I would rather you gave yourself more time for recovery and you gave it everything you had during your interval portion. If you’re not fully recovering you’ll stay in an “anaerobic state” and not see the same benefits you would from “spiking” by going from low to high intensities.

For example: if my target heart rate zone for my interval is 160-170 beats per minute, I would want to make sure I was getting down to 135 beat per minute or less during my recovery periods.

If you need more time for recovery, take it. Then simply go hard and give it everything you have during each interval.

Also as a coaching tip, try to work up close to your maximum speed before raising the incline when on the treadmill.

Once you get to the upper levels of how fast you can go then start “climbing the mountain” by using your incline. This combination will spike your heart rate in a hurry and produce a solid interval every time.

Interval training options

It’s good to have some variety with your workouts. Choosing activities that you’ll enjoy are essential to achieving consistency.

Remember interval workouts can be any activity that allows you work at short burst of high intensity followed by an active recovery. Use your imagination as there is no limit on the number or different combinations of routines you can complete. Listed below are a few examples.

  • Treadmill Sprint 8 interval training
  • Outdoor Wind Sprints
  • Plyometric Drills
  • Bodyweight Exercises (mountain climbers, burpees, etc)
  • Elliptical Machine
  • Swimming
  • Rowing
  • Cycling

Interval training tips

  1. Avoid doing intervals on an empty stomach. Your body needs a small amount of glycogen to meet energy demands. Consume a piece of fruit, protein shake, or something light 45-60 minutes prior to exercising.
  2. Wear a heart rate monitor in the beginnning to measure your intensity.  If your activity permits it try to assess your heart rate when you start doing intervals to ensure your working in the upper limits of your estimated max heart rate zone.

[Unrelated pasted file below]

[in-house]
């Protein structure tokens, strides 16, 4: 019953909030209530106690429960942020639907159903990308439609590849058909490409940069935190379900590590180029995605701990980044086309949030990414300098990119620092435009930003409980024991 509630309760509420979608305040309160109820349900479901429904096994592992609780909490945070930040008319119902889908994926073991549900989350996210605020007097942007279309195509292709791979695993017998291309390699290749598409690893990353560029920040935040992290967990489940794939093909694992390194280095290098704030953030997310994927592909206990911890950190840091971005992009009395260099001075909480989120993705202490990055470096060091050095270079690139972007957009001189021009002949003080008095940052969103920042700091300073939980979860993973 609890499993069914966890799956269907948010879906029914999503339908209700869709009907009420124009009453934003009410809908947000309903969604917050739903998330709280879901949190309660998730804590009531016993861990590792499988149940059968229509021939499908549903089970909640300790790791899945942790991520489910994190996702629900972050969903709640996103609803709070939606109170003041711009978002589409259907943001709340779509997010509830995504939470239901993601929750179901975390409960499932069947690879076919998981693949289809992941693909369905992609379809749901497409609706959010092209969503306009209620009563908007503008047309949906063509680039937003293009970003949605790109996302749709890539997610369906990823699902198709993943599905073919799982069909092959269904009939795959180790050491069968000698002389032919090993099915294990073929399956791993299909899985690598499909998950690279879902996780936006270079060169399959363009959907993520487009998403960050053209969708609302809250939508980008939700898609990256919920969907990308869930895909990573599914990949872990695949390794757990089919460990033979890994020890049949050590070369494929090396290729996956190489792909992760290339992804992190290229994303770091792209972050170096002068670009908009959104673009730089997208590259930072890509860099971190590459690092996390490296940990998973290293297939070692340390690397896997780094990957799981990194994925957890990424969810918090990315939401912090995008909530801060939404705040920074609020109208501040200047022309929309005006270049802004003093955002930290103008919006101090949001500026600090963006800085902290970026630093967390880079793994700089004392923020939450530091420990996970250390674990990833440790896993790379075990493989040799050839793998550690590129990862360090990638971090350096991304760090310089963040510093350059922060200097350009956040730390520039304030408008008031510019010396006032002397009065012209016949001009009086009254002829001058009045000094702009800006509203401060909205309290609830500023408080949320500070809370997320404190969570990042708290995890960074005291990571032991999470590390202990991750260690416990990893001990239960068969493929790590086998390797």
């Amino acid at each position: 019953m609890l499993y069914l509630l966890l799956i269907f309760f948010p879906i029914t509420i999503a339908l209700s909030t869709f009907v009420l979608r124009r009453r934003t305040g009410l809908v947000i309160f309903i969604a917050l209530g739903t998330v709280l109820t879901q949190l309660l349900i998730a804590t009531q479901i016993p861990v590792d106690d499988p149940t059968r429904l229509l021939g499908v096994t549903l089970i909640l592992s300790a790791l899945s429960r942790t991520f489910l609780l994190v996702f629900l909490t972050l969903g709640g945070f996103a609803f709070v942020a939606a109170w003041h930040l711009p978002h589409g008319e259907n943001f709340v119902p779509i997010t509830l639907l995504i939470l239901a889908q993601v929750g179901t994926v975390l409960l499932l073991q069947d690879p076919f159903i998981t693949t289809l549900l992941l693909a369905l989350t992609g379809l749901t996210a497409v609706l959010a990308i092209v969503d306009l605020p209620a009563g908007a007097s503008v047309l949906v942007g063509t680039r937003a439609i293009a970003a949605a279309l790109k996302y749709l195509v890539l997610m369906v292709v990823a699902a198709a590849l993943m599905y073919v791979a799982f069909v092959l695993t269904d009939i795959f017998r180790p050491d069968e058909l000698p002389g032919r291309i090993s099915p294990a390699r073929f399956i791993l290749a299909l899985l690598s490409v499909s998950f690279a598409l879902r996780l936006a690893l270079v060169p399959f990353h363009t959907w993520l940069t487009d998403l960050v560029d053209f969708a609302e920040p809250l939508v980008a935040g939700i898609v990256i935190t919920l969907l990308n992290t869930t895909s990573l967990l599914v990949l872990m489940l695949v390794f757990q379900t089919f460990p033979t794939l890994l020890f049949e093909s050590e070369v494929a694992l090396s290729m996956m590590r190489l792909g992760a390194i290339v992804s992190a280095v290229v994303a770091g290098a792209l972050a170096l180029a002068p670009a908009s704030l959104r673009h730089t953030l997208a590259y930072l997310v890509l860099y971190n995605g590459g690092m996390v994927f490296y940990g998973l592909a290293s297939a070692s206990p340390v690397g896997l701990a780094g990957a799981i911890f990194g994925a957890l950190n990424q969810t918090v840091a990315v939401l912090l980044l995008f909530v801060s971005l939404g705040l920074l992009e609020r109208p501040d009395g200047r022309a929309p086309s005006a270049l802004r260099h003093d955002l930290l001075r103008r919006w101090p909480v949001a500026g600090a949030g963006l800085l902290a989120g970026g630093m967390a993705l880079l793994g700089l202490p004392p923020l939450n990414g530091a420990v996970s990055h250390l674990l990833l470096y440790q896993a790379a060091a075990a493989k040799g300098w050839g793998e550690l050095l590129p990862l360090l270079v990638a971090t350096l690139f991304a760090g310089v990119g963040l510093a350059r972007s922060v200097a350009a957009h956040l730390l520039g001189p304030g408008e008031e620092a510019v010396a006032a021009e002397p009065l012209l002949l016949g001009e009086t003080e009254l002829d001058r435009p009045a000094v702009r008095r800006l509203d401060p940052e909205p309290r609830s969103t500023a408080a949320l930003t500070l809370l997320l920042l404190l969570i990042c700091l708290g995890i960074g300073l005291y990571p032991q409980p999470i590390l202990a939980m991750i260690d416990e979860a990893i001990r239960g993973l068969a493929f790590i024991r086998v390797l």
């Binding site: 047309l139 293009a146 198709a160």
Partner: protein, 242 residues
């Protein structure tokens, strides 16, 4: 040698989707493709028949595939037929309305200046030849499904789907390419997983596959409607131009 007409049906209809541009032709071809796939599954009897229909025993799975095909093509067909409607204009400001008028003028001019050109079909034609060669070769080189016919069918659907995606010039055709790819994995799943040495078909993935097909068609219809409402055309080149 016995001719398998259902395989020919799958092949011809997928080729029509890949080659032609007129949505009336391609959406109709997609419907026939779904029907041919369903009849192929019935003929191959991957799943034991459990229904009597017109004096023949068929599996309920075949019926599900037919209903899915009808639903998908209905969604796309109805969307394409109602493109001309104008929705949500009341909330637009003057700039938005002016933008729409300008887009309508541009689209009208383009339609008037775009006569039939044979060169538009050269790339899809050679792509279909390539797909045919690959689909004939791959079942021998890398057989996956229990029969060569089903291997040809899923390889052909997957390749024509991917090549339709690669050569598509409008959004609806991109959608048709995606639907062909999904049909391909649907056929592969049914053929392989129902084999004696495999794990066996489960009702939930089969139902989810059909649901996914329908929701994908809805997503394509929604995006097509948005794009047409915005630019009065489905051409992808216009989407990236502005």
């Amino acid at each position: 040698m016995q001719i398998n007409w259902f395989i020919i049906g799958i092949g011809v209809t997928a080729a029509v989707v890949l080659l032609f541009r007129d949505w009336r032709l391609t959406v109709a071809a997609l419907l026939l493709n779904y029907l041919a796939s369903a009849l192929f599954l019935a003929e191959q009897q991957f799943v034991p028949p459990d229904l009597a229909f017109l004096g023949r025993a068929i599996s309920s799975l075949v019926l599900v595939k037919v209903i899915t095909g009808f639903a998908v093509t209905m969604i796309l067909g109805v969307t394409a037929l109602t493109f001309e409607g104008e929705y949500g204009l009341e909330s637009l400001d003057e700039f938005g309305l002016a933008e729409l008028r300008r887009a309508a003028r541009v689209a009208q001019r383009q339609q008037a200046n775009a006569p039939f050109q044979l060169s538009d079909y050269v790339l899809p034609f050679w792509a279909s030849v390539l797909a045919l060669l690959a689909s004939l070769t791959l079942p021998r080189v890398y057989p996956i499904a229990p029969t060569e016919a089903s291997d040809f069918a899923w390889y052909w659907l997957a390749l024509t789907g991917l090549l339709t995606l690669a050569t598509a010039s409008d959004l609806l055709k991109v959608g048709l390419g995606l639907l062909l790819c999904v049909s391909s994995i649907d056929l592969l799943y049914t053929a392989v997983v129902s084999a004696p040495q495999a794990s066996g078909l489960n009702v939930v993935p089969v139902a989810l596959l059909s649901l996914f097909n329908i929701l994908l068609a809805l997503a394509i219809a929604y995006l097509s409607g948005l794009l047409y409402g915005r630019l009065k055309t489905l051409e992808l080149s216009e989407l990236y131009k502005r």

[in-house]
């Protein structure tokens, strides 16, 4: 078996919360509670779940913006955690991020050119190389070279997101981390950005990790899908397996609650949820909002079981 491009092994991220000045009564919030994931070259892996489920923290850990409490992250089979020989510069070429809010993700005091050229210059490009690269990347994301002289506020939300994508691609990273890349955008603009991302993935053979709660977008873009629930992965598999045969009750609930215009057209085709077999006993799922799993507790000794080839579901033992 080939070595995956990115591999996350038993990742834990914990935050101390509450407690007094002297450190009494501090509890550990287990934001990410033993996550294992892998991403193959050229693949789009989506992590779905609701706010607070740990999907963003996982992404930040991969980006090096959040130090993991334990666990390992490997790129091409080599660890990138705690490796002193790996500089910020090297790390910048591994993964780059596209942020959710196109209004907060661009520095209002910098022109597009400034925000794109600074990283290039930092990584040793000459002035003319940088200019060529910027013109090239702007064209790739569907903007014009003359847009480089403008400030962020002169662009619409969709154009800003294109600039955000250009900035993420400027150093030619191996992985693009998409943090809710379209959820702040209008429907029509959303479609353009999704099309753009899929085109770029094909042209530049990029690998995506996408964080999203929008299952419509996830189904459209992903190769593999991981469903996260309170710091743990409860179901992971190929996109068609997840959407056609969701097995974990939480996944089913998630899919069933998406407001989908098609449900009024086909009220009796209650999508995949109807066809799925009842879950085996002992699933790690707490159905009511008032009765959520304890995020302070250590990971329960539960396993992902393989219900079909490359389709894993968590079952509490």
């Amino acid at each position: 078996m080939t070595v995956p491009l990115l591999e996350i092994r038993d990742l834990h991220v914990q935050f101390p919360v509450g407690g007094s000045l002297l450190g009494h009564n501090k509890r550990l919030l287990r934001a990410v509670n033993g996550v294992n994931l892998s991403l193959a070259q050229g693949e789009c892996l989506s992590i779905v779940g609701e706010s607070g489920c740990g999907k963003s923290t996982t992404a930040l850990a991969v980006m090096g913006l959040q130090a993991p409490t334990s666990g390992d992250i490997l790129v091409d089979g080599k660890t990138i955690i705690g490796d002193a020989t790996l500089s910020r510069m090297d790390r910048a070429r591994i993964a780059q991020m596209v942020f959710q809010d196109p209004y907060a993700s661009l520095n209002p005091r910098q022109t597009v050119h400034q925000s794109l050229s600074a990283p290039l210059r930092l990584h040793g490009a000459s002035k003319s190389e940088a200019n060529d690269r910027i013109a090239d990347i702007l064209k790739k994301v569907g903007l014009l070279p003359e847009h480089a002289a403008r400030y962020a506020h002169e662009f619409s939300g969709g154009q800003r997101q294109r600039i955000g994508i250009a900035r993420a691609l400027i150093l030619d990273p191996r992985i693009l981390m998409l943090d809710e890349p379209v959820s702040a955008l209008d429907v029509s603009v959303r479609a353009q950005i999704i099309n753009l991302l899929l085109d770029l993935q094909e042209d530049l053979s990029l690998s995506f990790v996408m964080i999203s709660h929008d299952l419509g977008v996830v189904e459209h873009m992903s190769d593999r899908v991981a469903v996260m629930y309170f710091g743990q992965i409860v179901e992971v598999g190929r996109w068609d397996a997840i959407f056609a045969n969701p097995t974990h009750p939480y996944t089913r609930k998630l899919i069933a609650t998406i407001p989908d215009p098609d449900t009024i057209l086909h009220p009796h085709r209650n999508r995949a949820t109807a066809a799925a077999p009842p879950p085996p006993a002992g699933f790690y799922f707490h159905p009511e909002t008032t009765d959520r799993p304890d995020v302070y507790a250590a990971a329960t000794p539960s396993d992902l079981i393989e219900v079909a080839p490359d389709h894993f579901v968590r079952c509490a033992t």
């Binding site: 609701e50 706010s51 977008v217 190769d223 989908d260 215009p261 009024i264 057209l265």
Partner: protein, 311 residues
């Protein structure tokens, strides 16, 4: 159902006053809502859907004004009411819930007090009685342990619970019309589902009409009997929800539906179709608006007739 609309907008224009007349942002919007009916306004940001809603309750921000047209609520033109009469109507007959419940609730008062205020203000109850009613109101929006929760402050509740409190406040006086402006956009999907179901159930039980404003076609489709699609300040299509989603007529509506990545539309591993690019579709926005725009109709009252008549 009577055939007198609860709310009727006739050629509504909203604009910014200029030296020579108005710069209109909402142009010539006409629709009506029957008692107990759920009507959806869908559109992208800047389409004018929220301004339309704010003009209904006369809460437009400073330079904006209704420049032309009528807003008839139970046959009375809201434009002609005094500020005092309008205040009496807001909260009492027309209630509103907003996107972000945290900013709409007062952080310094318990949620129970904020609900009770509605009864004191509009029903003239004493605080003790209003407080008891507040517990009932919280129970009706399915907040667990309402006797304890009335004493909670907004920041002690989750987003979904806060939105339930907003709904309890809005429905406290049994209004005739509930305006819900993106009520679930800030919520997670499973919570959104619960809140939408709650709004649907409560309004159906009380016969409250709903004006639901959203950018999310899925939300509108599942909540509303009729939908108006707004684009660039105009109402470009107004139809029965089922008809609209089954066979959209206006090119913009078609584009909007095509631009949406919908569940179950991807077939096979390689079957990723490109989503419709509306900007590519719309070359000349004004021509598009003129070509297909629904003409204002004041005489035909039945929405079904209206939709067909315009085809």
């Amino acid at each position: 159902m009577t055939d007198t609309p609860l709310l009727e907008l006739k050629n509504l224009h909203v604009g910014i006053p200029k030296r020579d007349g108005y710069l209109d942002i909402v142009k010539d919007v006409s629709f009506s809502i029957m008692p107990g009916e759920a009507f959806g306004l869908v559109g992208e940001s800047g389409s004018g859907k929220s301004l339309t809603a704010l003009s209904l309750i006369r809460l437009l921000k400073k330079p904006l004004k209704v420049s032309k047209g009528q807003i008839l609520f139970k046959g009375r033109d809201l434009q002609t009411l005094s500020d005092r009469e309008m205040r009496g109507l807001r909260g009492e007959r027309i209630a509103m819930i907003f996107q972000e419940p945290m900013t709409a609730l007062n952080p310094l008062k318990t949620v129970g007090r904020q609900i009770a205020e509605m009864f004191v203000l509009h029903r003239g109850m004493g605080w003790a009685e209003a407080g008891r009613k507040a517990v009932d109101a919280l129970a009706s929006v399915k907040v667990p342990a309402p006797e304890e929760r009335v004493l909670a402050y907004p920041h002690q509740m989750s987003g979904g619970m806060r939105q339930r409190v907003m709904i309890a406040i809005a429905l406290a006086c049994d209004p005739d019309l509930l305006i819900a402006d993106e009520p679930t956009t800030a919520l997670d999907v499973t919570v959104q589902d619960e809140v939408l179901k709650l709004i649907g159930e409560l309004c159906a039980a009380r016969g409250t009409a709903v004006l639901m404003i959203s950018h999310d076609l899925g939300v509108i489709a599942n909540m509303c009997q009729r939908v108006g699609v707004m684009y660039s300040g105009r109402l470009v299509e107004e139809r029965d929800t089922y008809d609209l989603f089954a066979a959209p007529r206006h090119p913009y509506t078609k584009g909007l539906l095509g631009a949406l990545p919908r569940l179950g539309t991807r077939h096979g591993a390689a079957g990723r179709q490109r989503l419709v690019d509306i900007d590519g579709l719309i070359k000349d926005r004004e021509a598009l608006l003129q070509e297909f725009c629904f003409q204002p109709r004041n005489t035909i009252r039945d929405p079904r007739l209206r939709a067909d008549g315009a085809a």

3. Always perform a warm-up and cool-down period. A good rule of thumb is to warm up and cool down for (3:00-5:00 minutes) during each workout.
  4. Attempt to exercise outside whenever possible. This is beneficial for getting good oxygen plus there’s just something about being outside that clears your mind.
  5. Practice deep breathing techniques by inhaling through your nose and exhaling out of your mouth during recovery periods. This helps to increase oxygen absorption during respiration. Also make sure to keep your head up and don’t bend over at the waist when trying to catch your breath. You can’t get oxygen as well when you’re hunched over.
  6. Never stop a high intensity interval workout “cold” without allowing for a gradual cool down. This could cause blood to pool in your lower body and lead to a possible cardiac failure. This is no joke and is the cause of most heart failures in health clubs.
  7. Choose quality footwear and replace every 3-6 months (or at the first signs of tread wear) to minimize the risks of injury to the ankles and knees from load bearing pressure during runs.

Common mistakes with interval training

  • Not reaching a high enough intensity (90-95% estimated max heart rate) during the interval periods.
  • Not allowing enough time for adequate recovery. For best results you want to recover back into the aerobic energy system before starting your next interval. If 1:30 is not enough recovery time to allow your heart rate to drop into the target “aerobic” zone simply continue your recovery period.
  • Working too long in each interval phase. The ideal interval period should be around 30 seconds. It’s difficult to maintain the necessary high intensity for much longer than that.  The whole principal of interval training is built around “short” bursts of high intensity effort.
  • Doing too many or not enough interval periods. Research has conclusively shown that the ideal number of intervals is 8-10. There is a point of diminishing returns when doing these bursts.
  • Not allowing adequate warm up time before starting the intervals. If you try to go “all-out” during the beginning of your workout, your nueromuscular system will not be ready to handle the workload. This decreases results while also increasing the risk of injury. Allow yourself to build up to maximum effort with any activity.

I hope that this article gave you a better understanding of how to do interval training correctly. When used properly in conjunction with high-intensity, short duration resistance training it will produce the powerful fat loss combination on the planet.

If you have any questions please leave a comment to this post and I’ll be happy to help out in any way I can.

Shane Doll is a certified Charleston personal trainer, fat loss expert, speaker, author and founder of Shaping Concepts Personal Training Studios. You can receive a free no-obligations trail of his personal training programs and experience the Shaping Concepts difference for yourself.

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Category: Fitness Training.